South China Sea, North Korea tensions top the agenda at Asean forum in Manila
Vietnam urged other Southeast Asian nations to take a stronger stand against Chinese expansionism in the South China Sea, as a tense regional security forum began on Saturday with North Korea also under fire over its nuclear programme. Meanwhile, Seoul reached out to Pyongyang with an offer of talks.
Before the launch of the annual gathering of foreign ministers from the 10-member Association of Southeast Asian Nations (Asean), Vietnam made a bold play against China with a raft of suggested changes to a planned joint communique.
It set the stage for what was expected to be a fiery few days of diplomacy in the Philippine capital, with the top diplomats from China, the United States, Russia and North Korea set to join their Asean and other Asia-Pacific counterparts for security talks from Sunday.
The meetings will take place as the United Nations Security Council votes this weekend on a US-drafted resolution to toughen sanctions against North Korea to punish the isolated government for its missile and nuclear tests.
The United States said it would also seek to build united pressure on the North at the Manila event – known as the Asean Regional Forum – and Philippine Foreign Secretary Alan Peter Cayetano said Pyongyang would receive a strong message.
At the same time, South Korea’s new foreign minister said she was open to rare discussions with her North Korean counterpart on the sidelines of the summit.
“If there is an opportunity that naturally occurs, we should talk,” Kang Kyung-wha told reporters as she landed in Manila on Saturday, according to South Korea’s Yonhap news agency.
North Korea’s top diplomat, Ri Hong-Yo, is also attending the regional summit.
But on the South China Sea dispute – one of Asia’s other top powder keg issues – there was far less consensus with Vietnam resisting efforts by the Philippines to placate Beijing, diplomats said.
Vietnam on Friday night sought to insert tough language against China in an Asean statement that was expected to be released after the Southeast Asian ministers wrapped up their own talks on Saturday.
According to a copy of a draft, Vietnam lobbied for Asean to express serious concern over “construction” in the sea, in reference to China’s explosion of artificial island building in the disputed waters in recent years.
Vietnam also wanted Asean to insist in the statement that a planned code of conduct for the sea with China be “legally binding”, which Beijing opposes.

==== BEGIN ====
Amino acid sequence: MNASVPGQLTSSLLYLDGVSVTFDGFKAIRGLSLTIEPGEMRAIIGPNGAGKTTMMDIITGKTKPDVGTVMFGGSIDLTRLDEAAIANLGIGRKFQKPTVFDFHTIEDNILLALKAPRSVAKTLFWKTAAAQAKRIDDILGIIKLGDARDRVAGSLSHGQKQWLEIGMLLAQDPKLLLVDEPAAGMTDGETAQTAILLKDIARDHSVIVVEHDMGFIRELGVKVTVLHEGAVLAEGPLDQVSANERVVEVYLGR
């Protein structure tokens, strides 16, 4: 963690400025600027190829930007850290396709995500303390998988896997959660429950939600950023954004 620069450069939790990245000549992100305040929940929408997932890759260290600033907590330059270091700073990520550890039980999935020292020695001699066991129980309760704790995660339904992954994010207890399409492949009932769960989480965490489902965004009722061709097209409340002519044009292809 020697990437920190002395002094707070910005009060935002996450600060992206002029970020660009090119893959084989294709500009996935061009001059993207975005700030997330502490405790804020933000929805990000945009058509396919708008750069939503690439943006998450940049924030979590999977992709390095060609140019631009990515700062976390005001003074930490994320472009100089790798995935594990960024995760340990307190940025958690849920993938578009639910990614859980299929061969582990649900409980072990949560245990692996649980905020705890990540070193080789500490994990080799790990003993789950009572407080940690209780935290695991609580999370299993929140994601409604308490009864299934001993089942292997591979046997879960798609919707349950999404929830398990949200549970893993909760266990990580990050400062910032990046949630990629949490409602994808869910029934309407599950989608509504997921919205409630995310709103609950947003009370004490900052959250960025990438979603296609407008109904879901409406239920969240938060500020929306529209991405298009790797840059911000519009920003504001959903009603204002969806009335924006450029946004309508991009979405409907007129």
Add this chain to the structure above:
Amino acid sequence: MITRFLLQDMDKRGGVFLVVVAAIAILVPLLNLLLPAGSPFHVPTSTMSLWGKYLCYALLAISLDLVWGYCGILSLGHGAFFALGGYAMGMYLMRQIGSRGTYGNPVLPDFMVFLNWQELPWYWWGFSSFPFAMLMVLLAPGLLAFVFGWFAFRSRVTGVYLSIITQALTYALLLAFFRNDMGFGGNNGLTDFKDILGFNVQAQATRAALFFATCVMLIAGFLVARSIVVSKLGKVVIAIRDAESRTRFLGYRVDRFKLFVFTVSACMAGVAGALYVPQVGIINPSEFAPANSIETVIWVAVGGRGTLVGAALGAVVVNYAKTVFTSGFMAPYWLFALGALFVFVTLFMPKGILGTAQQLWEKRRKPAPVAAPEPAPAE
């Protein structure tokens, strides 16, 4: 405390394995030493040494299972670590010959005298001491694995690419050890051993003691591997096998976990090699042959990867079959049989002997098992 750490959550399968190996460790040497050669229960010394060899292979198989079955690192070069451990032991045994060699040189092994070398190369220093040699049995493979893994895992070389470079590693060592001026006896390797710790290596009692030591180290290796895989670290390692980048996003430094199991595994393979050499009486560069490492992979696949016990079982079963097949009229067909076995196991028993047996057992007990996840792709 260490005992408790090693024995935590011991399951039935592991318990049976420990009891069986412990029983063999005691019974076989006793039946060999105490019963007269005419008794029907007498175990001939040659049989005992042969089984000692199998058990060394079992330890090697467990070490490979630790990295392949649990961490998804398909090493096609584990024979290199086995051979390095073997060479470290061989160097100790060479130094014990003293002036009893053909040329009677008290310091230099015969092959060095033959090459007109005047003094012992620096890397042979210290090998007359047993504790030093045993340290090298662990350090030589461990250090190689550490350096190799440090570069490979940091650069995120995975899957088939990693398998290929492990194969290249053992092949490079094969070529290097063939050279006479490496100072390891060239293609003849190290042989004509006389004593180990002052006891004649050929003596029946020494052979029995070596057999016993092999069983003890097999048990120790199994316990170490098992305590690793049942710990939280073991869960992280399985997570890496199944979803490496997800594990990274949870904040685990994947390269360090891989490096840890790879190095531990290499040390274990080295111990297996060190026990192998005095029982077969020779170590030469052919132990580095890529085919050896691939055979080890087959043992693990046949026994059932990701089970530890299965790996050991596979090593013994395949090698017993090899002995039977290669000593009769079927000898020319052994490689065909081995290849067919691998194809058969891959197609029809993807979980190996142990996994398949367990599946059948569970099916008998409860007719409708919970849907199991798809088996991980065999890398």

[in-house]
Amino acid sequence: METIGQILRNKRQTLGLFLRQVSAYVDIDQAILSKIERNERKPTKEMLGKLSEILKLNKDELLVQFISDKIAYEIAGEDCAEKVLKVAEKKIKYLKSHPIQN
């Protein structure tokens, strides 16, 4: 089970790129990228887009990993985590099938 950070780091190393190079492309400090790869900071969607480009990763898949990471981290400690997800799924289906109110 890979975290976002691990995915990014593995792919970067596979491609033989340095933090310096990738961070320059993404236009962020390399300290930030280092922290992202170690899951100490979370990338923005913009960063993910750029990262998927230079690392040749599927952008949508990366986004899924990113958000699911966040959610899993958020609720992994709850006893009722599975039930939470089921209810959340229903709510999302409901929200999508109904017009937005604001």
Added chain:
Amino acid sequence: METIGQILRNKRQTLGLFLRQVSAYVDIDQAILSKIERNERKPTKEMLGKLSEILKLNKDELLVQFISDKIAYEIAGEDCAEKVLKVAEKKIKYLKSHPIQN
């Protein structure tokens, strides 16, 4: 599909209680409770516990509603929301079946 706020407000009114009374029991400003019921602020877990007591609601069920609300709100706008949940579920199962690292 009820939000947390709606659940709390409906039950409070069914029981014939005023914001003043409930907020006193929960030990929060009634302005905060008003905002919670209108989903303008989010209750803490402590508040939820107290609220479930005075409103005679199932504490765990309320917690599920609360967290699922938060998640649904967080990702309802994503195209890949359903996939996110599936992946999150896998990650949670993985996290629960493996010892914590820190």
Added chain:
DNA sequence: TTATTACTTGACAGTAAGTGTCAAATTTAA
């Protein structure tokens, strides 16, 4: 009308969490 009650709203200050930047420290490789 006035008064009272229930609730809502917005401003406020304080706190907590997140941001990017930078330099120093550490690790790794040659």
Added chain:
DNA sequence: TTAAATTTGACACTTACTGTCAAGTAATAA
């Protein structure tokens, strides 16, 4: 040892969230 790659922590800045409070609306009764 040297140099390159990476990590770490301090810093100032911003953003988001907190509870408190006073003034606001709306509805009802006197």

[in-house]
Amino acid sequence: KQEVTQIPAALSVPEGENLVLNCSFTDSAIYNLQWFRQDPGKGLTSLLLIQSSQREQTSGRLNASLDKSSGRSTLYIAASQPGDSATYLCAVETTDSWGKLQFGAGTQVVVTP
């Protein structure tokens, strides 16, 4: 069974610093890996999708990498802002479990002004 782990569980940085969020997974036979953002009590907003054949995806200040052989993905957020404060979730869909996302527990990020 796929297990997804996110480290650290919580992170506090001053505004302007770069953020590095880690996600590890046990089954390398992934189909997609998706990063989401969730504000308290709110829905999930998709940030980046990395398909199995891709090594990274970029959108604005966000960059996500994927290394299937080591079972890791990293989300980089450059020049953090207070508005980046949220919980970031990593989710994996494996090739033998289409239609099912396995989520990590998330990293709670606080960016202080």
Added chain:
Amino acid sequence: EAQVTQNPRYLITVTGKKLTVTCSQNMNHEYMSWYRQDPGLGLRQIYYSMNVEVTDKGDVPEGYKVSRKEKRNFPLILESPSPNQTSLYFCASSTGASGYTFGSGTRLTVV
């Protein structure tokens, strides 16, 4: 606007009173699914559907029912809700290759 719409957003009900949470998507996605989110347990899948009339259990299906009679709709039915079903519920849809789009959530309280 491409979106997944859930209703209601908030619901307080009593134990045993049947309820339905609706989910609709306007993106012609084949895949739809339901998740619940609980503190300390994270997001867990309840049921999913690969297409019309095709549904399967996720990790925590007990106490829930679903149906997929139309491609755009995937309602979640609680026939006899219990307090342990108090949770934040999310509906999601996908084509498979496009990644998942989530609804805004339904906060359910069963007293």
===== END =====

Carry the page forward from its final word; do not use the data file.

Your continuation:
The lobbying occurred when the Asean foreign ministers held unscheduled and informal talks late on Friday night.
“The discussions were really hard. Vietnam is on its own to have stronger language on the South China Sea. Cambodia and Philippines are not keen to reflect that,” one diplomat involved in the talks said.
China claims nearly all of the strategically vital sea, including waters approaching the coasts of Vietnam, the Philippines, Malaysia and Brunei.
China has in recent years expanded its presence in the sea by building the artificial islands, which are capable of holding military bases.
The Philippines also used to be a vocal critic of Beijing’s expansionism.
But under President Rodrigo Duterte, Manila has sought to play down the dispute with China in return for billions of dollars in Chinese investments and aid.
China has in recent years also successfully lobbied other Asean nations, particularly Cambodia and Laos, to support its diplomatic manoeuvring in the dispute.
At the Asean opening ceremony on Saturday morning, Cayetano confirmed there had been strong debates on Friday.
“You have to excuse my voice as my colleagues, we kept each other up until almost midnight last night. In the true Asean way we were able to passionately argue our national interest,” Cayetano said.
Various diplomats said Vietnam was likely to lose its battle to insert the strong language against China, with the Philippines as host of the talks wielding greater influence.
Asean is set to this weekend endorse a framework for a code of conduct with China, which is meant to pave the way for more concrete action.
But security analysts point out that the framework comes 15 years after negotiations on the issue first began, and China has used that time to cement its claims with the artificial islands.
Another pressing issue in Manila will be the growing terrorism threat in the region.
The event is taking place as Philippine security forces battle Islamic State-aligned gunmen who have sine May been occupying parts of Marawi, the nation’s main Muslim city about 800km south of Manila.